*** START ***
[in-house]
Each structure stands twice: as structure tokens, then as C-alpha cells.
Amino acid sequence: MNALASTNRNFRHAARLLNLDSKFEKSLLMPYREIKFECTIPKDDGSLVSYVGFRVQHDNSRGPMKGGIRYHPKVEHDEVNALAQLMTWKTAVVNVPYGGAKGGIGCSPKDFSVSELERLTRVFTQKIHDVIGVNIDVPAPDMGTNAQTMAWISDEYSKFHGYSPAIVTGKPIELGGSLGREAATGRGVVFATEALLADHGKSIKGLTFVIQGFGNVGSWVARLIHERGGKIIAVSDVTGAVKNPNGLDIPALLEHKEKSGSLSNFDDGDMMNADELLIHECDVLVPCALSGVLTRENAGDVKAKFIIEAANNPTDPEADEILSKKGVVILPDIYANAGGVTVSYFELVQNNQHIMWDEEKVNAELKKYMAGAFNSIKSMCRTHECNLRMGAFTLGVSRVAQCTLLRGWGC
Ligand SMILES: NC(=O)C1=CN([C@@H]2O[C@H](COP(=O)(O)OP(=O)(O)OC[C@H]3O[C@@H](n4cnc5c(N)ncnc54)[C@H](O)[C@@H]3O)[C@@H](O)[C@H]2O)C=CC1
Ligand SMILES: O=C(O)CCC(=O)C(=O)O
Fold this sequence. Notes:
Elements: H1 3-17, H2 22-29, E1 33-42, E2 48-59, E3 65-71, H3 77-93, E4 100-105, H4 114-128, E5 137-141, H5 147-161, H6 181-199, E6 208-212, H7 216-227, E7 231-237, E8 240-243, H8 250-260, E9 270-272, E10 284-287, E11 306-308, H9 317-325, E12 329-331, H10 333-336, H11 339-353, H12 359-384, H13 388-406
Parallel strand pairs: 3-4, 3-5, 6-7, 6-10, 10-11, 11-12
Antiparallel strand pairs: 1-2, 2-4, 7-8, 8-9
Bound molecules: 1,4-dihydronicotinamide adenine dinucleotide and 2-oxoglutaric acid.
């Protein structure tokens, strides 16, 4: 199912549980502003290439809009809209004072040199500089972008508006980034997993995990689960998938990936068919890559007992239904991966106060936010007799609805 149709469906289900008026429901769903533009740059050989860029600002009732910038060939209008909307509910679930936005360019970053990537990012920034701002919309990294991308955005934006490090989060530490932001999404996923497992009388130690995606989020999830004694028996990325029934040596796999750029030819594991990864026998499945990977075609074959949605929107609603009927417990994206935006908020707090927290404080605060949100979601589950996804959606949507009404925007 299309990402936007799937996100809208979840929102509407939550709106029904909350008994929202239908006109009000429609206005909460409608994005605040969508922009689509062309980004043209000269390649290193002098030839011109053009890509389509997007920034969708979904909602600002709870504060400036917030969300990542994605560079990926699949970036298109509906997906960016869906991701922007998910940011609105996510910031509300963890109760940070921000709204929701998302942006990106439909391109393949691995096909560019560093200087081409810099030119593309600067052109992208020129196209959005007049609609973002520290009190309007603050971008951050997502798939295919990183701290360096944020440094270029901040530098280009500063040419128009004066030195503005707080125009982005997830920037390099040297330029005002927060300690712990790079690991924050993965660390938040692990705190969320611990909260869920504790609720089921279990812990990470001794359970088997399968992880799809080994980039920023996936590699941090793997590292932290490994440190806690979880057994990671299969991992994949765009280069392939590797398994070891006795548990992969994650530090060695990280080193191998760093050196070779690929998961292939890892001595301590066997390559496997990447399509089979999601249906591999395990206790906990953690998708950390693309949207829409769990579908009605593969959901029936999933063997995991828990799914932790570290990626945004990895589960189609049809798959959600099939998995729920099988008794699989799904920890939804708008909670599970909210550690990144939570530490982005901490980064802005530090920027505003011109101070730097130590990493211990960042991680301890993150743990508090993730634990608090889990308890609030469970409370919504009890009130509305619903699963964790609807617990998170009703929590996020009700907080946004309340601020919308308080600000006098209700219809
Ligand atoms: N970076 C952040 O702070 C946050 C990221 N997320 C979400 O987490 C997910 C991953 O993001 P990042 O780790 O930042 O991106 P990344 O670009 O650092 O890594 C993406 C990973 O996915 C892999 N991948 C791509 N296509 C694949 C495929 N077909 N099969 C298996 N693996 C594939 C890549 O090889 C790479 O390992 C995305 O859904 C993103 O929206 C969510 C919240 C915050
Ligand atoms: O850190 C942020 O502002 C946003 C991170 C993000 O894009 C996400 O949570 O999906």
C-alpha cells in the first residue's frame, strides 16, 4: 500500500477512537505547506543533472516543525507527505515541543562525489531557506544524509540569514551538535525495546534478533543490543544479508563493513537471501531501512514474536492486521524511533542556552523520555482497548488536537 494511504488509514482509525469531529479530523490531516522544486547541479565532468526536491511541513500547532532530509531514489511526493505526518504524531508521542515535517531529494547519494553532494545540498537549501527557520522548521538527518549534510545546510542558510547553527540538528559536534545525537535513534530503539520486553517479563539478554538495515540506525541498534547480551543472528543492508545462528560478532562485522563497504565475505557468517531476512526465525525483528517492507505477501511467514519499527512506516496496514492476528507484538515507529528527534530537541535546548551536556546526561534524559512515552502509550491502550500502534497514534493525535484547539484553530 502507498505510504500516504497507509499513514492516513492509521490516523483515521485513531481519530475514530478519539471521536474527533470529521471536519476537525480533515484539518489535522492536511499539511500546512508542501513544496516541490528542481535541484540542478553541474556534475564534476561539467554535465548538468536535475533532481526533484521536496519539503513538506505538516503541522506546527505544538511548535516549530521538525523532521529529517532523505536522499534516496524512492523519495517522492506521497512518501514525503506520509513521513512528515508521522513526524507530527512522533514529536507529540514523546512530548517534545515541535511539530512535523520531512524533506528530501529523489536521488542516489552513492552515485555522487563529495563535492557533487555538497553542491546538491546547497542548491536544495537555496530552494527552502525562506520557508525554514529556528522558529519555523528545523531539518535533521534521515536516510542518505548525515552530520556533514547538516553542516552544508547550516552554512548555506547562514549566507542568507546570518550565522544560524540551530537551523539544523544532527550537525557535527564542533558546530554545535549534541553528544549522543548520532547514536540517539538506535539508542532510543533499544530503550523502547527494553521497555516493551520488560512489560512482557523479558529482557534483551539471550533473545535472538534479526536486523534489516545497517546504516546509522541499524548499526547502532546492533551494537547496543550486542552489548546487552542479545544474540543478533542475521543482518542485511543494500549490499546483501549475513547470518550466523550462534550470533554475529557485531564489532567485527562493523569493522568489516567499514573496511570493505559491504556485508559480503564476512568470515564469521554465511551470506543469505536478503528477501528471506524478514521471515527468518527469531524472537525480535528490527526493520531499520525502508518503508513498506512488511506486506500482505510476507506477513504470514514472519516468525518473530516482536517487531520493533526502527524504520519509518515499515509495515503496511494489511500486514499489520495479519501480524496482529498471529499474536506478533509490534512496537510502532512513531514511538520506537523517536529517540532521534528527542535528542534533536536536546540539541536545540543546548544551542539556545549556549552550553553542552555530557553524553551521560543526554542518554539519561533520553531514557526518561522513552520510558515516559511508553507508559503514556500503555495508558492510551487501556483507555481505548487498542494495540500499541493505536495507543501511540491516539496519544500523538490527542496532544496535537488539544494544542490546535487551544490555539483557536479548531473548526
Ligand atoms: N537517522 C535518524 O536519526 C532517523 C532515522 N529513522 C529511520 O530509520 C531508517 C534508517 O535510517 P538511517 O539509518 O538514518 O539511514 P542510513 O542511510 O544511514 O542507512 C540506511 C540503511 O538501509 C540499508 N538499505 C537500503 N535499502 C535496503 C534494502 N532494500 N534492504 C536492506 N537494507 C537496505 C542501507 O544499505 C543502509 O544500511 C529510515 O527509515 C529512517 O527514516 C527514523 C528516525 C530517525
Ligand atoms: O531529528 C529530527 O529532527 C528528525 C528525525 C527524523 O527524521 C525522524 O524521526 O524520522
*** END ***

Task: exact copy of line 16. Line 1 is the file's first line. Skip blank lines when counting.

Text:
Ligand atoms: O531529528 C529530527 O529532527 C528528525 C528525525 C527524523 O527524521 C525522524 O524521526 O524520522